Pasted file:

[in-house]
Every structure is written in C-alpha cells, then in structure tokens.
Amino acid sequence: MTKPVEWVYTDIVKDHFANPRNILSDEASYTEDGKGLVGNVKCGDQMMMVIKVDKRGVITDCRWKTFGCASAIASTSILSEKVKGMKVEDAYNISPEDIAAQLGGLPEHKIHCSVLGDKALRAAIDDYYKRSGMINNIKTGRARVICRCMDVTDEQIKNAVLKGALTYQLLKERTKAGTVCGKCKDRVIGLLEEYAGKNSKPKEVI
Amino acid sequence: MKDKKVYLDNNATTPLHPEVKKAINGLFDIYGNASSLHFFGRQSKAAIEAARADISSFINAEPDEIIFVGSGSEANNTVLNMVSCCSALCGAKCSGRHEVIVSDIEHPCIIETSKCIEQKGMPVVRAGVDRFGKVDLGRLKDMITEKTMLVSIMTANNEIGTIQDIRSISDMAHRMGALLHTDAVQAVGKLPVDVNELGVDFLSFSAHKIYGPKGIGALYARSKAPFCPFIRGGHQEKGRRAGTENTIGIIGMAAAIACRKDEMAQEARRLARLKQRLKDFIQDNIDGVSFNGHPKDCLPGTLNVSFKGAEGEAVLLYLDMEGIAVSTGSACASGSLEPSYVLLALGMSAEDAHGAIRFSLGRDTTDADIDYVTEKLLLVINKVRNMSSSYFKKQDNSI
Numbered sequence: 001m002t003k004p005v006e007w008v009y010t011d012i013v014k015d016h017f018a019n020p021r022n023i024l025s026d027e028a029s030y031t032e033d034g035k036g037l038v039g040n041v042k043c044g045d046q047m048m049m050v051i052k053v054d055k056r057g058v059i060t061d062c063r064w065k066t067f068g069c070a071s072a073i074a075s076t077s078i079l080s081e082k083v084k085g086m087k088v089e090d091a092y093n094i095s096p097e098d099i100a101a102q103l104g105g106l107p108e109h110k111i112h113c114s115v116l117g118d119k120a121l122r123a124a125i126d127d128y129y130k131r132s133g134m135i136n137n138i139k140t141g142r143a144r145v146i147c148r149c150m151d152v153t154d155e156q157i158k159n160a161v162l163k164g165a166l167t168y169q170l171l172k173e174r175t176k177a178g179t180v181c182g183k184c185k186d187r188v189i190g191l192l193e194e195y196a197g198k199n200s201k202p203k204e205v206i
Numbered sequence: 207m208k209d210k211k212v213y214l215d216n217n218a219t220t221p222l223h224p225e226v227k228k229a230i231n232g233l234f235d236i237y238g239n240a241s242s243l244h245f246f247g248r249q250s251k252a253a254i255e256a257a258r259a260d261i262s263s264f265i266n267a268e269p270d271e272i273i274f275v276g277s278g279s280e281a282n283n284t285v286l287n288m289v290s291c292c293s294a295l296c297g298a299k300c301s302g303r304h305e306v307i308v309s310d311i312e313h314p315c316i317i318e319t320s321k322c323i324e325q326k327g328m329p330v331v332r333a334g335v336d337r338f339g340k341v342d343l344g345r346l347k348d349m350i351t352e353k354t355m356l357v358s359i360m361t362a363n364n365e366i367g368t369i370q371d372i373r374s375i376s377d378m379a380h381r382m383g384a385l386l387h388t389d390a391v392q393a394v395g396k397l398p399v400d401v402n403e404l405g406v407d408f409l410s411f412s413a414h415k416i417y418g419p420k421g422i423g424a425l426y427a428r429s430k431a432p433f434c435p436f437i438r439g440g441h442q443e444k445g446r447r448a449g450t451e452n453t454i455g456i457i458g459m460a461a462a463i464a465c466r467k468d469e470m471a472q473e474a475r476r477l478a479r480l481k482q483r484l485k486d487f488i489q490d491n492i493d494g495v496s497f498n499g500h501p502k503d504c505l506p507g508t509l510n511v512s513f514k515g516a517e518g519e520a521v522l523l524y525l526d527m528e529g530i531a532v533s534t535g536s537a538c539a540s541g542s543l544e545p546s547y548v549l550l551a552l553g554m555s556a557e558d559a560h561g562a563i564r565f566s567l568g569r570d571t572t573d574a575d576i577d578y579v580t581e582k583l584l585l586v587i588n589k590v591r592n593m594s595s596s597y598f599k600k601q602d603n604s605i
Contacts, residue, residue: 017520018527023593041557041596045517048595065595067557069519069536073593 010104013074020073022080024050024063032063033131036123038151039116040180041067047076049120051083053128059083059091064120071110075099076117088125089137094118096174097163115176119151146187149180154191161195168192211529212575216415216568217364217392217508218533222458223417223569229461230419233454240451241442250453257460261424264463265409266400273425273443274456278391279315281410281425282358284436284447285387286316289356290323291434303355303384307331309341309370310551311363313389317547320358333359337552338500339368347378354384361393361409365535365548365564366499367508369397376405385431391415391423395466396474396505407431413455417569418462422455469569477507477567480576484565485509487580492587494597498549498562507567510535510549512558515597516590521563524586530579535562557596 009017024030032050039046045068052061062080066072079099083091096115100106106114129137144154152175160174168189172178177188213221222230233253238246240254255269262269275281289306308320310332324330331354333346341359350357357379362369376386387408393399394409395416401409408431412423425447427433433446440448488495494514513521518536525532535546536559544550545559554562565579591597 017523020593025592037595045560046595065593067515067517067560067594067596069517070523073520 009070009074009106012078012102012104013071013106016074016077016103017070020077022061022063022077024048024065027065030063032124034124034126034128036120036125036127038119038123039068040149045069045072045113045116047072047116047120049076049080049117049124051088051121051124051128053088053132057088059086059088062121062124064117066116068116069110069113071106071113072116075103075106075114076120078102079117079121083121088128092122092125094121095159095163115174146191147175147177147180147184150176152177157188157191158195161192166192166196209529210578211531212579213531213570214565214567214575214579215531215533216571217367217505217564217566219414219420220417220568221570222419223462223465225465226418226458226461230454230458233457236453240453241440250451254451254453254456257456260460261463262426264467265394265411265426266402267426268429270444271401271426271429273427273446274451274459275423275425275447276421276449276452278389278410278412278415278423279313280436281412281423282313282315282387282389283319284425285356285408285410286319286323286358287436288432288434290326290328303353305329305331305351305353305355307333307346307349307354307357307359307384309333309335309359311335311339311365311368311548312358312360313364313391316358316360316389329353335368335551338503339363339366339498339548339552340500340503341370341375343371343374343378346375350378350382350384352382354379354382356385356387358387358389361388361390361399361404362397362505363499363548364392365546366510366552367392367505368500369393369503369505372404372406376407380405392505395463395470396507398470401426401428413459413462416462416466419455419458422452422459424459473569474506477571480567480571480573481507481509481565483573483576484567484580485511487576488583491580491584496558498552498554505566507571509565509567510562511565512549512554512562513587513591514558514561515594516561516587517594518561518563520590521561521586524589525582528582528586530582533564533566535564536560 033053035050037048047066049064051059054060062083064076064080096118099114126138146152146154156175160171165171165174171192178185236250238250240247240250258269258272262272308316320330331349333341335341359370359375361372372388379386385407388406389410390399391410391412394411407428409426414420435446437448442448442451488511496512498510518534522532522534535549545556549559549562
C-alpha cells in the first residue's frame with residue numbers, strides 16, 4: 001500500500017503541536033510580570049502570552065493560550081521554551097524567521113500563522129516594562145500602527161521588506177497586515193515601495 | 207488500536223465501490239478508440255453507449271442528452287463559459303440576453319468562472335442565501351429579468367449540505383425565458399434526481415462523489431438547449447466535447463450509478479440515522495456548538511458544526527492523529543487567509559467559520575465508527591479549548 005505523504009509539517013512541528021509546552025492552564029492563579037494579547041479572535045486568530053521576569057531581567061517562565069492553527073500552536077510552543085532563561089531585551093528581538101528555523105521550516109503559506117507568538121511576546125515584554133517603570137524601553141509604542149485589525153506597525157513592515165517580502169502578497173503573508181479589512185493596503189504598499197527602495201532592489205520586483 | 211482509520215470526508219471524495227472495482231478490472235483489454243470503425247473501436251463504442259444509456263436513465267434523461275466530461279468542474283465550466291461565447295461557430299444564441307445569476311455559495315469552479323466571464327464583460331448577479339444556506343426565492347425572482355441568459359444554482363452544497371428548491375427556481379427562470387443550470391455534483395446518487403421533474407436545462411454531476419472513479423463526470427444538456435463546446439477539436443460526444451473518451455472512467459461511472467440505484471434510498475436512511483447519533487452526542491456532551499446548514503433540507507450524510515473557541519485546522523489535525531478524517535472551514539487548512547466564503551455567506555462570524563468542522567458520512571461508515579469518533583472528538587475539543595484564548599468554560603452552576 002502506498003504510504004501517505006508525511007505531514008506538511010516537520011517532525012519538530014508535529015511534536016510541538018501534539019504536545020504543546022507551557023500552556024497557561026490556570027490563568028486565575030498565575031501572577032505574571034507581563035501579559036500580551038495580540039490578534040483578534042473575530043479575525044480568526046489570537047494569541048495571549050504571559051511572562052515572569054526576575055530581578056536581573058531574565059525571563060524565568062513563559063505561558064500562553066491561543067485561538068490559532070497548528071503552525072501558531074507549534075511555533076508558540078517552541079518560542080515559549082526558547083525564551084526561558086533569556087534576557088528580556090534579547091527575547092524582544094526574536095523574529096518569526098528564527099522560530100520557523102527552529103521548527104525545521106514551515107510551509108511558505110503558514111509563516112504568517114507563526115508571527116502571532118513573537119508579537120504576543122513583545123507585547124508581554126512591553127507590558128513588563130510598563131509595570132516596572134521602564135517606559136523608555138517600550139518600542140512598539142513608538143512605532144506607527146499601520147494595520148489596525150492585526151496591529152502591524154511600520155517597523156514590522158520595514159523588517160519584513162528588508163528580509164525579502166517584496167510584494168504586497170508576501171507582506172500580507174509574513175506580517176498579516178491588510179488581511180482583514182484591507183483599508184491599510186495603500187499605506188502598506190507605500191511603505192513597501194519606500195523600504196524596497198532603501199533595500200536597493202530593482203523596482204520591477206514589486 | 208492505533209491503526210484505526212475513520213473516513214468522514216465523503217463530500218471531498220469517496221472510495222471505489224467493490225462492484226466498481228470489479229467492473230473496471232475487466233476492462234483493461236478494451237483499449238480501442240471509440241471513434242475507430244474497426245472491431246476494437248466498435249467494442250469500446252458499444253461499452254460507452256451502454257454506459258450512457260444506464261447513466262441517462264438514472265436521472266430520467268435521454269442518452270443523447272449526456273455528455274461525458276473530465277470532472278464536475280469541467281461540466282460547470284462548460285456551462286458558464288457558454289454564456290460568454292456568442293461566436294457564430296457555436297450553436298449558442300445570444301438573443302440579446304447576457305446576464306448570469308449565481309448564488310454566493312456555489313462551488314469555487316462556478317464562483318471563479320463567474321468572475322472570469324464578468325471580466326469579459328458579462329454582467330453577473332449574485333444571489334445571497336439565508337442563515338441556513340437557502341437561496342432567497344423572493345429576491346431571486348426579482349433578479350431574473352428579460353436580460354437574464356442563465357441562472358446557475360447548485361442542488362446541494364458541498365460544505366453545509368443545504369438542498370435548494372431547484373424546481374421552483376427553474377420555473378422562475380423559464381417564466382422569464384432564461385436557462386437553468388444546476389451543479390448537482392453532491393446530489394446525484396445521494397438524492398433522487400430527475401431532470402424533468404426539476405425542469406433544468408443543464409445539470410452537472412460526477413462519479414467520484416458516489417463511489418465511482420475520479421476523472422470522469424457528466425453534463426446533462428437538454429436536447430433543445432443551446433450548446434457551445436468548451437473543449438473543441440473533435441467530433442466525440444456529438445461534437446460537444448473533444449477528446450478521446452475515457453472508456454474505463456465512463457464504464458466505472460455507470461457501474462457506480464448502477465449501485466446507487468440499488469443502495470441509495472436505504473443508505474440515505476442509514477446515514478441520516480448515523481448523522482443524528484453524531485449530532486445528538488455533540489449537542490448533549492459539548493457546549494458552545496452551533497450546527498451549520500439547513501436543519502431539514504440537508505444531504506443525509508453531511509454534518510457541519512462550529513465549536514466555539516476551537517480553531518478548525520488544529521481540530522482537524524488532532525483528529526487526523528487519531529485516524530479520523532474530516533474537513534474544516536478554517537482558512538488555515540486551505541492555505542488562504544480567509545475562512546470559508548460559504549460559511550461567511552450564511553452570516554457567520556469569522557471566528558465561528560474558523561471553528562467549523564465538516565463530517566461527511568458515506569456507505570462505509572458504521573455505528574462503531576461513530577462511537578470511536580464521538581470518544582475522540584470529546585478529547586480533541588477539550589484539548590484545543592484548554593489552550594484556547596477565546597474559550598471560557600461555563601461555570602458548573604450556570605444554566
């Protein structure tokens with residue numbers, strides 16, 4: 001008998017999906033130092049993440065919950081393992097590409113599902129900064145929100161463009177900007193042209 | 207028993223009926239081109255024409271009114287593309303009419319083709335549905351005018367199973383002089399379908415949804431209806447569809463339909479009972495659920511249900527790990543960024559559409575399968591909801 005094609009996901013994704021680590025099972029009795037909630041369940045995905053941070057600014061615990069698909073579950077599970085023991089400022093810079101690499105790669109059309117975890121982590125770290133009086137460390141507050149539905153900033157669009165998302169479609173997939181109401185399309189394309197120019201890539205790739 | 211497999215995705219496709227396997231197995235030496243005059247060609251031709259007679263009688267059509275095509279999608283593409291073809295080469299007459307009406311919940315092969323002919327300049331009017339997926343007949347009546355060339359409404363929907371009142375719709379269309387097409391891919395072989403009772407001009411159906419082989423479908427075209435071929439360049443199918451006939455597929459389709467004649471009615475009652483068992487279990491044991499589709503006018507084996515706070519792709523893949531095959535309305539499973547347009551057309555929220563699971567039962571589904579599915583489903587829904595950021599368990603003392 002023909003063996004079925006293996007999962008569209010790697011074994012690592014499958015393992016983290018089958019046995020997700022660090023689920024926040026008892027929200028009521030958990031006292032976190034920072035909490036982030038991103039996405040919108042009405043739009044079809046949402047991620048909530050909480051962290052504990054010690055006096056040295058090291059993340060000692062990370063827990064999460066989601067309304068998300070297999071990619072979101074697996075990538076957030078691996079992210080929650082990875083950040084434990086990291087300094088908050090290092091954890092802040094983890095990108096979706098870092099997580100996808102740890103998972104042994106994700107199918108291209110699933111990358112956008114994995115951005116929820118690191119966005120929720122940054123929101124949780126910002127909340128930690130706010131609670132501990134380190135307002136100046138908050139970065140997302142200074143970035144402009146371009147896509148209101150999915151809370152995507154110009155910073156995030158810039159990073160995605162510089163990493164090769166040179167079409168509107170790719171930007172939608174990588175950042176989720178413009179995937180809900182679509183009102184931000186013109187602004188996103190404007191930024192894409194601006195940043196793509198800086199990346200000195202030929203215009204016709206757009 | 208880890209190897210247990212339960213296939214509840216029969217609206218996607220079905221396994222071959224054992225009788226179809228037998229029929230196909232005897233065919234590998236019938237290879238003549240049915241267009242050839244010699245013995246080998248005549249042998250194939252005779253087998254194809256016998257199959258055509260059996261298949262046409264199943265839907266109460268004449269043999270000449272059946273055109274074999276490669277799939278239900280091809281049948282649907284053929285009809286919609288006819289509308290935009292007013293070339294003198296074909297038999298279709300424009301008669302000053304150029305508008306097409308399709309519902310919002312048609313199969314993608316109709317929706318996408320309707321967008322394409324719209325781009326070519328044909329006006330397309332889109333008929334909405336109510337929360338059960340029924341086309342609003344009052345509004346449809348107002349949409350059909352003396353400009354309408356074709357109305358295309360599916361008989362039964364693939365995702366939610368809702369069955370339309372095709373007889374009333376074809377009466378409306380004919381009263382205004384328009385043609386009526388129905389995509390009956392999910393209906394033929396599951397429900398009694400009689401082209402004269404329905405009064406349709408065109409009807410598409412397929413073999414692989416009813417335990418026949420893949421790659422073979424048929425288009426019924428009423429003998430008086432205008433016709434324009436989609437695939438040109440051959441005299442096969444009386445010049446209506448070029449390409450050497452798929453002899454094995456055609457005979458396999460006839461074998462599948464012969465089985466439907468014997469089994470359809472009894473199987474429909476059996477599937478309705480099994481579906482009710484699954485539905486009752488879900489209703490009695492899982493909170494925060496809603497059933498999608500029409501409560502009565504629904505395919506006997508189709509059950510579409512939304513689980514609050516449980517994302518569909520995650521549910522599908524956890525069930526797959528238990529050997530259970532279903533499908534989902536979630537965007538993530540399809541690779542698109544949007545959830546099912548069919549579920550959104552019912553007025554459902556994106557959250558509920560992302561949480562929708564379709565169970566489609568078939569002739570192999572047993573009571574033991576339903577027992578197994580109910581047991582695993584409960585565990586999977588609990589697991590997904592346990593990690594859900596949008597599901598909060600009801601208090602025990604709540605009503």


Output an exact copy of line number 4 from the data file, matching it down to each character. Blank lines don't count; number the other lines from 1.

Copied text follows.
Amino acid sequence: MKDKKVYLDNNATTPLHPEVKKAINGLFDIYGNASSLHFFGRQSKAAIEAARADISSFINAEPDEIIFVGSGSEANNTVLNMVSCCSALCGAKCSGRHEVIVSDIEHPCIIETSKCIEQKGMPVVRAGVDRFGKVDLGRLKDMITEKTMLVSIMTANNEIGTIQDIRSISDMAHRMGALLHTDAVQAVGKLPVDVNELGVDFLSFSAHKIYGPKGIGALYARSKAPFCPFIRGGHQEKGRRAGTENTIGIIGMAAAIACRKDEMAQEARRLARLKQRLKDFIQDNIDGVSFNGHPKDCLPGTLNVSFKGAEGEAVLLYLDMEGIAVSTGSACASGSLEPSYVLLALGMSAEDAHGAIRFSLGRDTTDADIDYVTEKLLLVINKVRNMSSSYFKKQDNSI